Why do movie cameras photograph images upside-down?
Posted 31 August 2008 - 12:39 AM
I was looking at some super 8 film the other day, coming off the top of the reel, emulsion out, and really noticed this for the first time-- the images are captured, and projected, upside down.
Anybody know why?
I have a theory but am not sure it is correct-- because of the inversion properties of the numerous lens elements, and the reversal reflection-property of the screen, it's the only way it will work.
It must have been a bear to figure it all out years ago.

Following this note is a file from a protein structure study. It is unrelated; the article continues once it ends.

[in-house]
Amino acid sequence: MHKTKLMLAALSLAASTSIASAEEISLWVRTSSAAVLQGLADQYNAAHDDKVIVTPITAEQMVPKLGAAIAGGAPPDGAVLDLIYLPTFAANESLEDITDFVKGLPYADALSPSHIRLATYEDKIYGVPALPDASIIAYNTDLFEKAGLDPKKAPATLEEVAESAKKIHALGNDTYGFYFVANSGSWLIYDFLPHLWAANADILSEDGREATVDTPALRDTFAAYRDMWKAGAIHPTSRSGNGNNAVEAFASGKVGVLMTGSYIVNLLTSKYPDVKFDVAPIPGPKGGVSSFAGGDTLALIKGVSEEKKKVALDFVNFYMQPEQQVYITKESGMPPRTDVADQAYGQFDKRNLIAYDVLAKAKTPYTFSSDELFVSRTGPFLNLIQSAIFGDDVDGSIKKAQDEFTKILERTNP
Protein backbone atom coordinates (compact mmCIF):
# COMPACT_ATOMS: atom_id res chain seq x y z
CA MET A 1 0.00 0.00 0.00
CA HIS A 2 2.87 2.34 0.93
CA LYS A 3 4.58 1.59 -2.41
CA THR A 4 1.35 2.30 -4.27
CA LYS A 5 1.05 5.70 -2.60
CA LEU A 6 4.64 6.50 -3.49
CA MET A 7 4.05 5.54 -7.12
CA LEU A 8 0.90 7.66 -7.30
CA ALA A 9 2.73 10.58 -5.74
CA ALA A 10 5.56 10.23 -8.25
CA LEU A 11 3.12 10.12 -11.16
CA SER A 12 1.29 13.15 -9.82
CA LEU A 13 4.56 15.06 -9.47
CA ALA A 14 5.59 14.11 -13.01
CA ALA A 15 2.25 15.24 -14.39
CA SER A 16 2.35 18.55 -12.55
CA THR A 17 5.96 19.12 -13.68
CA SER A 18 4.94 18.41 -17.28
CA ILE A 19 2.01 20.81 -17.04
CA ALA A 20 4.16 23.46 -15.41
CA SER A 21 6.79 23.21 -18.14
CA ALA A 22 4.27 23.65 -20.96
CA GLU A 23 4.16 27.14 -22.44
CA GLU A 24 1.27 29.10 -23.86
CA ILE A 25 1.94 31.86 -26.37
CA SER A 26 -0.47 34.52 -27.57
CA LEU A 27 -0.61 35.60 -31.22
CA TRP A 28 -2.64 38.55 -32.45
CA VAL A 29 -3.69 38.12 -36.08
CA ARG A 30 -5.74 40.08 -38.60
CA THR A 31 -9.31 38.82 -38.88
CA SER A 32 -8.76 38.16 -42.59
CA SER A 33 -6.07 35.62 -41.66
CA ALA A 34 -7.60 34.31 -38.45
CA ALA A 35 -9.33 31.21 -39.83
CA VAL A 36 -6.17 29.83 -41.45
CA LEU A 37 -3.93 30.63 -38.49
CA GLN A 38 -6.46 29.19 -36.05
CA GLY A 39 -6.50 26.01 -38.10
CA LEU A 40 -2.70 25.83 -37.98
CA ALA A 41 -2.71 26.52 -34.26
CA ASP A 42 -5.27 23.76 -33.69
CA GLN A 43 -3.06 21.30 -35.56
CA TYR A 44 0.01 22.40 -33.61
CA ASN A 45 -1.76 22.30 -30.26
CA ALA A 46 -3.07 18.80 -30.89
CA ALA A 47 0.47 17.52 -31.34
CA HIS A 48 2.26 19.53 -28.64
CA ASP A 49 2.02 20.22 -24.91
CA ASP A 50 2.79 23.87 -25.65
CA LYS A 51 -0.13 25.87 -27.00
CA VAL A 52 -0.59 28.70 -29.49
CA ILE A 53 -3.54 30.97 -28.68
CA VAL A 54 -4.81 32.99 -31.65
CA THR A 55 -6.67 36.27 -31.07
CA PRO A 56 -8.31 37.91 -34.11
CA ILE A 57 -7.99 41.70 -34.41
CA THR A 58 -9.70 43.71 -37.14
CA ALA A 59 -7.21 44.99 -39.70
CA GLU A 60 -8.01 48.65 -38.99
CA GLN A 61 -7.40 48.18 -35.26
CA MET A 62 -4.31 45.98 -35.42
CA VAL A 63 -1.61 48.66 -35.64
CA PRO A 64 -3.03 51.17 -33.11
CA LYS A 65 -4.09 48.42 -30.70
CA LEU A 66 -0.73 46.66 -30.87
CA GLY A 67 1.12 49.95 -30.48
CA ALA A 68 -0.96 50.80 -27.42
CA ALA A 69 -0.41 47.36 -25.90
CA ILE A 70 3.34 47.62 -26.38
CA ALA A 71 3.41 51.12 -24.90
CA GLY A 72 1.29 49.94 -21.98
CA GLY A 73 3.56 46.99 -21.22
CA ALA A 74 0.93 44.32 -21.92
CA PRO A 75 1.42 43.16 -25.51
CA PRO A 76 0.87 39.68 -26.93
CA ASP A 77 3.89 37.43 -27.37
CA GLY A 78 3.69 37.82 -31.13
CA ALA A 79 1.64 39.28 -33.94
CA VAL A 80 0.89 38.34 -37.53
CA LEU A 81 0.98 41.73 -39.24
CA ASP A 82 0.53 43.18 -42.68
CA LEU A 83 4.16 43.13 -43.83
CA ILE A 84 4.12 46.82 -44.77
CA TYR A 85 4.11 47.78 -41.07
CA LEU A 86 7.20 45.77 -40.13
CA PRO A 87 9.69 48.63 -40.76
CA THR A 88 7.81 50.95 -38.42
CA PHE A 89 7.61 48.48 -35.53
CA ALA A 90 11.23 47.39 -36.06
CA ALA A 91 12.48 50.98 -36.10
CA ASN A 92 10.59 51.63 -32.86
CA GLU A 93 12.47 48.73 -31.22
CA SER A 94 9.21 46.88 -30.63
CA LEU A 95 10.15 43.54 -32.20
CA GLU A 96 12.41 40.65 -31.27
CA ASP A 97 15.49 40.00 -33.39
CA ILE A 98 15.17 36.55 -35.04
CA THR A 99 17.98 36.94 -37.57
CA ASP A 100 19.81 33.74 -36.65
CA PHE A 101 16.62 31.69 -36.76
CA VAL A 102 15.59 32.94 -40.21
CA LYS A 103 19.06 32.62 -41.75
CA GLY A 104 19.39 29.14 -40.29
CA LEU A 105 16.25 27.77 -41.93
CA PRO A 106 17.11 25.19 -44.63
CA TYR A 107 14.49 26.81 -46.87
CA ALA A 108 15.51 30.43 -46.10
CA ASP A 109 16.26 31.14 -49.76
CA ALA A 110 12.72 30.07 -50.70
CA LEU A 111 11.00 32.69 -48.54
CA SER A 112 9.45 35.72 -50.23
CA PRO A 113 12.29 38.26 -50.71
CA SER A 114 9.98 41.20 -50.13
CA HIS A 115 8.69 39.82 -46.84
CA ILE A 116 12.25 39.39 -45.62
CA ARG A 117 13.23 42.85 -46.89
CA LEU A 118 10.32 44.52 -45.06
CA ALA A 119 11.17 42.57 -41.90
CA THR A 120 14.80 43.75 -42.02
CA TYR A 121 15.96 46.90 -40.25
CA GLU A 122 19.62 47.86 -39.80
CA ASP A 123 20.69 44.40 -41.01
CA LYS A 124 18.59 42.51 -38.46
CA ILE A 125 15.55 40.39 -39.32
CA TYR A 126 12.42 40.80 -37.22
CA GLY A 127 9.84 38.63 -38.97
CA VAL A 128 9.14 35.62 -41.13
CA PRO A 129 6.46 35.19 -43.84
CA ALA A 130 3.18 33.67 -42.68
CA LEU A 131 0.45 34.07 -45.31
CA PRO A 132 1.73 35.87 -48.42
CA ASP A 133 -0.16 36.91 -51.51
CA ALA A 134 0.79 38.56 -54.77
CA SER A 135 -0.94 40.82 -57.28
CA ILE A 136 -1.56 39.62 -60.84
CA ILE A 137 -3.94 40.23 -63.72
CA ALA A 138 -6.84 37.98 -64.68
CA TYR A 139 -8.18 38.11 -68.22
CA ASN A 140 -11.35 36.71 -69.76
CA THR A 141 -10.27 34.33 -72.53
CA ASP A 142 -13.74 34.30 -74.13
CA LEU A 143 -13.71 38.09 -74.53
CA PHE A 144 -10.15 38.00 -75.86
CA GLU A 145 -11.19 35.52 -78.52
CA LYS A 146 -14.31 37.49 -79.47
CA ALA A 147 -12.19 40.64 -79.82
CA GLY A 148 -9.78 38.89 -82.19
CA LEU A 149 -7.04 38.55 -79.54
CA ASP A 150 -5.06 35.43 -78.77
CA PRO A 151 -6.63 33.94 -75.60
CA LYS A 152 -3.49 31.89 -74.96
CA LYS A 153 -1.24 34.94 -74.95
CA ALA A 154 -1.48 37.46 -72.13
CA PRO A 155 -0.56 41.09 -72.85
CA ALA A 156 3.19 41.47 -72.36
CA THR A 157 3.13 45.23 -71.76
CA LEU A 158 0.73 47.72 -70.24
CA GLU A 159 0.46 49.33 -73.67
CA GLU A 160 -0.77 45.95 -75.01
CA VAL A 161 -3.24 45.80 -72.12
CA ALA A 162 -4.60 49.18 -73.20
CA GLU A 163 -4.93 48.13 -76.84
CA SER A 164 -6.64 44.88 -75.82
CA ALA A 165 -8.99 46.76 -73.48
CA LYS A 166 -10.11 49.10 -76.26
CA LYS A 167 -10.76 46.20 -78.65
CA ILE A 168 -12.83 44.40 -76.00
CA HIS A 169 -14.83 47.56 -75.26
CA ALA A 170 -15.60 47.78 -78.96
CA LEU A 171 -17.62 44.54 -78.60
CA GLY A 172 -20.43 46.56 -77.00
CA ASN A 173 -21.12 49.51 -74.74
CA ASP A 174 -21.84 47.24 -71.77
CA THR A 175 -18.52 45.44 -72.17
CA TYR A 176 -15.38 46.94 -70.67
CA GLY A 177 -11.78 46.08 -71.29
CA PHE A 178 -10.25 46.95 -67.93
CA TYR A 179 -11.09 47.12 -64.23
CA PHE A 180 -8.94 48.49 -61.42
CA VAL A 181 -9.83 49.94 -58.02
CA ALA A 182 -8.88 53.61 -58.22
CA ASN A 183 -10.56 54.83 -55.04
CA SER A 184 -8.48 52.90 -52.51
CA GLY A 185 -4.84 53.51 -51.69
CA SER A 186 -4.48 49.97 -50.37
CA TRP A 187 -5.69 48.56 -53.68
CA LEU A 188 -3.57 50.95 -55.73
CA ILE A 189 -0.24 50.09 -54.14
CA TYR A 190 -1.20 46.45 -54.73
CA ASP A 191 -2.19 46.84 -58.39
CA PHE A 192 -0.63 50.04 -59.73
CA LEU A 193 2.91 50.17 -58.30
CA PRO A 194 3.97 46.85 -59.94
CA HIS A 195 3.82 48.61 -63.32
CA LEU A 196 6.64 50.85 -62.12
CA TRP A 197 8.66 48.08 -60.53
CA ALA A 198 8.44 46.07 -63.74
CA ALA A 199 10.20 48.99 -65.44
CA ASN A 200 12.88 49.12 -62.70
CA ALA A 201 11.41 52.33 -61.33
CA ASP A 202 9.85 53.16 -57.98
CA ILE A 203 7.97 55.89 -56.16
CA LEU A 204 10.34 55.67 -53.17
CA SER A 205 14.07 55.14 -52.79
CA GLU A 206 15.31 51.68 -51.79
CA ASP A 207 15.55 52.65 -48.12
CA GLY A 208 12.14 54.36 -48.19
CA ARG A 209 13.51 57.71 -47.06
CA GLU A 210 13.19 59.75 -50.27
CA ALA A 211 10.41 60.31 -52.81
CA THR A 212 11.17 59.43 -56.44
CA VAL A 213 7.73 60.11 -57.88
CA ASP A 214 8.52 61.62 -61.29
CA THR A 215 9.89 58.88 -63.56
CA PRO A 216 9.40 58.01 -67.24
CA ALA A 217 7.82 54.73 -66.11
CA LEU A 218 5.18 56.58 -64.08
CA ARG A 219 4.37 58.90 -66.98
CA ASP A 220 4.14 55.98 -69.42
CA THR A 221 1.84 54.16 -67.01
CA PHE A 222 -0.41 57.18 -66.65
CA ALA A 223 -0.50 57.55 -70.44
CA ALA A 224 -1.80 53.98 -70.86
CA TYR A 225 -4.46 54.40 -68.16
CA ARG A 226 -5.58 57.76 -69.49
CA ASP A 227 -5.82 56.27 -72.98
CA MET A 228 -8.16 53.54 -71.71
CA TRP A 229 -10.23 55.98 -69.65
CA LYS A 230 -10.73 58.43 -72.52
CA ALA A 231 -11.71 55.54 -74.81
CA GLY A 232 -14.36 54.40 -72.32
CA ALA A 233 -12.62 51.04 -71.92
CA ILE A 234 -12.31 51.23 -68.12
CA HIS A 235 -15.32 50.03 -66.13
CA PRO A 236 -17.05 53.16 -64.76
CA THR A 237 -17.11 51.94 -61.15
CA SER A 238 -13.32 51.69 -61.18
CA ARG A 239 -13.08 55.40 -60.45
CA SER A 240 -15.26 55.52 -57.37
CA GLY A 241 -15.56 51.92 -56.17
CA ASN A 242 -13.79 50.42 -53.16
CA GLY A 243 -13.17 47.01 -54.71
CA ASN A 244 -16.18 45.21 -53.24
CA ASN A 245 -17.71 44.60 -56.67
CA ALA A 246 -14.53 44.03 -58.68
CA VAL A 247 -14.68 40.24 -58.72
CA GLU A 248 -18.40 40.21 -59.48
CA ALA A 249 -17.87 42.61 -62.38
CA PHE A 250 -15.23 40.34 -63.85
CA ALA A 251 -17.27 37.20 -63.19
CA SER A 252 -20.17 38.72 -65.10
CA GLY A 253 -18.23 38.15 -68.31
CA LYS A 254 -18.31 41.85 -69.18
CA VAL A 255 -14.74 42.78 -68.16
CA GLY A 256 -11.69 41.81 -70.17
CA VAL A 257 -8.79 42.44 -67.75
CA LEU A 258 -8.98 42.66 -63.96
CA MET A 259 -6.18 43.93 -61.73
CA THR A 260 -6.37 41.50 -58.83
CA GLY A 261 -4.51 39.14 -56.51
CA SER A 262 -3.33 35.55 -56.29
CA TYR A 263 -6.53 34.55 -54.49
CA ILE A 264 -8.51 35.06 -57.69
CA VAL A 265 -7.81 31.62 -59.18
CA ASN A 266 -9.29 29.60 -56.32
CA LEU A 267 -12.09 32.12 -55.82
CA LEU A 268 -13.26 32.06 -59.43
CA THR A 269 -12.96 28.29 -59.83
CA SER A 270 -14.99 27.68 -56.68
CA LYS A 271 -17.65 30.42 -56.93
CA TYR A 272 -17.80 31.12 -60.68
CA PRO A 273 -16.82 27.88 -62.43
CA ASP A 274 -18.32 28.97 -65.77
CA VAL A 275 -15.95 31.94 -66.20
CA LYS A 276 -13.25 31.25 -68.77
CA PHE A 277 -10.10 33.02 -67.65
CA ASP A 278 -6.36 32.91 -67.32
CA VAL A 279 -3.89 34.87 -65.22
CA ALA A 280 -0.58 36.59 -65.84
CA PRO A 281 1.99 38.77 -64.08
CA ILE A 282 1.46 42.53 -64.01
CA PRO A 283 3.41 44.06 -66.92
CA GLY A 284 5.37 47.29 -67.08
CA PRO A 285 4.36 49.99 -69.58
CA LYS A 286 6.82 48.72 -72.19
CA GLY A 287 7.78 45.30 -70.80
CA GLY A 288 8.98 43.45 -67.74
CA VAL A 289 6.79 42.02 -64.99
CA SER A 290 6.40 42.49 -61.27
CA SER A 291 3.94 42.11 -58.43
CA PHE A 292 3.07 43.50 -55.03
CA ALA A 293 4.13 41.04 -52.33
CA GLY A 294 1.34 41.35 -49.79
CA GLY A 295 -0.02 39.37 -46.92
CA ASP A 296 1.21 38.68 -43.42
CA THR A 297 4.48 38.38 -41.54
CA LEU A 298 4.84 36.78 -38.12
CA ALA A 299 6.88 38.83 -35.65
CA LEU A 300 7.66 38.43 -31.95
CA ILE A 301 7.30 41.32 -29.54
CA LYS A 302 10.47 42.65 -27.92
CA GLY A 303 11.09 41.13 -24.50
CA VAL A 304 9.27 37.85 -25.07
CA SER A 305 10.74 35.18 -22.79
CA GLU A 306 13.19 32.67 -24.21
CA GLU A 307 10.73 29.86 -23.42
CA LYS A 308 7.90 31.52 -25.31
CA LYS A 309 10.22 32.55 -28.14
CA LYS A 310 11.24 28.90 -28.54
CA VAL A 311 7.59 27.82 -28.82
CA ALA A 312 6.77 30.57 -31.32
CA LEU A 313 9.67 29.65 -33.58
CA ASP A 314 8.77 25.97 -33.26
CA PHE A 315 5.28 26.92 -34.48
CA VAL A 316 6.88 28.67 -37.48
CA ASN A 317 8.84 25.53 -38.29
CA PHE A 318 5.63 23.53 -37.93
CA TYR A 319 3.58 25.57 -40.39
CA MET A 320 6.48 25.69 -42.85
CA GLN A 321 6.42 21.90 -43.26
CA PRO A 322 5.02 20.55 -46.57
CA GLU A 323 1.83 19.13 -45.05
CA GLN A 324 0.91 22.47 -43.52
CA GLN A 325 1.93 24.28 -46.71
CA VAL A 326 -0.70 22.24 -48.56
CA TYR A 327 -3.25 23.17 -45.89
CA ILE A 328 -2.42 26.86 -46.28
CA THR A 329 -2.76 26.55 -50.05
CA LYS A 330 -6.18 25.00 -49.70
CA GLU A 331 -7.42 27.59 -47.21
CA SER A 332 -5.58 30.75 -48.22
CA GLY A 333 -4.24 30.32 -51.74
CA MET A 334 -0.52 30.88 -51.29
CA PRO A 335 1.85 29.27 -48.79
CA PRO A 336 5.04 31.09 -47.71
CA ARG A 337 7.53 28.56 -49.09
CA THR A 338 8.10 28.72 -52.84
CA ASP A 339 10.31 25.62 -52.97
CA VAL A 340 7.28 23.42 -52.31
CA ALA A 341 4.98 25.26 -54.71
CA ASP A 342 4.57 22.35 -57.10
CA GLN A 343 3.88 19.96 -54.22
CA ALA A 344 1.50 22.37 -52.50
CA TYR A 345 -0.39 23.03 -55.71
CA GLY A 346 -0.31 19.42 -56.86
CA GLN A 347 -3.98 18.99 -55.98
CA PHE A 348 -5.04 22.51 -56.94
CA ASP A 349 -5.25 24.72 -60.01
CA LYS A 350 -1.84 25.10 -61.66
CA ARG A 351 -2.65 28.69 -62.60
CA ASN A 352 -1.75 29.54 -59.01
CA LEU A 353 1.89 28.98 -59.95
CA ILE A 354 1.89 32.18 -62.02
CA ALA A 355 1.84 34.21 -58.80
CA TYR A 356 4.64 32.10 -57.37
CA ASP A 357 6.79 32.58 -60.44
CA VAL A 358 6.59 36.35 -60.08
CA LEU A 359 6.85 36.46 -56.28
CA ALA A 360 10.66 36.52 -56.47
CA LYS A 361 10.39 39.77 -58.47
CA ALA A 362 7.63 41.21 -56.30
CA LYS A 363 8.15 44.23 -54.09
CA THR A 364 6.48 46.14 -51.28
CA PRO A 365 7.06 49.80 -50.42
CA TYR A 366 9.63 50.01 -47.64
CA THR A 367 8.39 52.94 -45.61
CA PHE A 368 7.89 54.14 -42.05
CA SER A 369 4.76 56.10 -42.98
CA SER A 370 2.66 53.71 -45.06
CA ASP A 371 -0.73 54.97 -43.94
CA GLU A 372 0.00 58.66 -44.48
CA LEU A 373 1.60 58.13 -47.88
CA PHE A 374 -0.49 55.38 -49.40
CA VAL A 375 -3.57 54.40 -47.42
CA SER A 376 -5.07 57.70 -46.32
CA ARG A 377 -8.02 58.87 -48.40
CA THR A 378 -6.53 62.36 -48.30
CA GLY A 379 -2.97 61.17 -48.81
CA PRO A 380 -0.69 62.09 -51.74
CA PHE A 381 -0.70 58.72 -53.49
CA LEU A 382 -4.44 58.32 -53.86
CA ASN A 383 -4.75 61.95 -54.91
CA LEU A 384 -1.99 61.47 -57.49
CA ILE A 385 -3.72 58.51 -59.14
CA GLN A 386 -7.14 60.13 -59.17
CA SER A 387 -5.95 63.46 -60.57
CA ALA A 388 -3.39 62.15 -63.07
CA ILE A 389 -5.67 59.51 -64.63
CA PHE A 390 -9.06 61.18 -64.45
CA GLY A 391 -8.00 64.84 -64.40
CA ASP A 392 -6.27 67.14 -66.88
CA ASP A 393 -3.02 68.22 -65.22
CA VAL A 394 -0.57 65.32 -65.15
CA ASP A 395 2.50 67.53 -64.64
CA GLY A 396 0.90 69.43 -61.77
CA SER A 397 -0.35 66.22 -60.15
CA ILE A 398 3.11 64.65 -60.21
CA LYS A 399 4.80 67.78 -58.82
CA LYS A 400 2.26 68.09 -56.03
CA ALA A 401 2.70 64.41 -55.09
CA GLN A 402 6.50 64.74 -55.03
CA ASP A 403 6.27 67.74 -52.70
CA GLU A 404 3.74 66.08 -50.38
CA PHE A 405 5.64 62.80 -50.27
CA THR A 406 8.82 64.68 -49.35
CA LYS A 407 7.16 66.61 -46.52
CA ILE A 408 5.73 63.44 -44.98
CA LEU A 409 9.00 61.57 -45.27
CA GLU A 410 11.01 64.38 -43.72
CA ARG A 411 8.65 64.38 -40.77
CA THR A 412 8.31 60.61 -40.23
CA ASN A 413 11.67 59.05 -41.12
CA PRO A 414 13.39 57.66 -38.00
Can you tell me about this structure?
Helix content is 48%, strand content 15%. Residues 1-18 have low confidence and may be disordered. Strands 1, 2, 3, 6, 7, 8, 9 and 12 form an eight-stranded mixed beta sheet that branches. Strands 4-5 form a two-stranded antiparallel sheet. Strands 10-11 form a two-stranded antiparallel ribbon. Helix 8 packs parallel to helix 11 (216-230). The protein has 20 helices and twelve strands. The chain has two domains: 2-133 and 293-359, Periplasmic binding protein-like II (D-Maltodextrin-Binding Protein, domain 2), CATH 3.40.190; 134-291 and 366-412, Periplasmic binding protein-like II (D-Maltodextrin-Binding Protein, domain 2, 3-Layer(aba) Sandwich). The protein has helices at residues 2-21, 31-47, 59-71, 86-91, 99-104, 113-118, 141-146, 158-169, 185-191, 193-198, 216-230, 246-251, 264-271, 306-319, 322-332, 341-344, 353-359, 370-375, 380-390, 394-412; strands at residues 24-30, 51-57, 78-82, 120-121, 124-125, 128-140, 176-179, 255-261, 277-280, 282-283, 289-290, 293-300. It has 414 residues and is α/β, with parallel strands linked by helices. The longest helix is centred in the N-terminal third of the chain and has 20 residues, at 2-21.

Posted 31 August 2008 - 10:39 AM
When you shoot, with either still or cine, it's bounced off a mirror so you can see what the heck you're shooting right-side-up. You're never looking at a straight field of view from the eyepiece/viewfinder to the subject. It has to be bounced off a mirror, which naturally flops the orientation. So I guess the lens apsherics take this into account to flop the image, because it's going to flopped again by the mirror before it gets to your eye, making it look normal to your eye.
In fact, the old still TLRs (twin lens reflexes) actually DO display the image upside down on the viewing screen, without using a special viewfinder.
Edited by Ira Ratner, 31 August 2008 - 10:40 AM.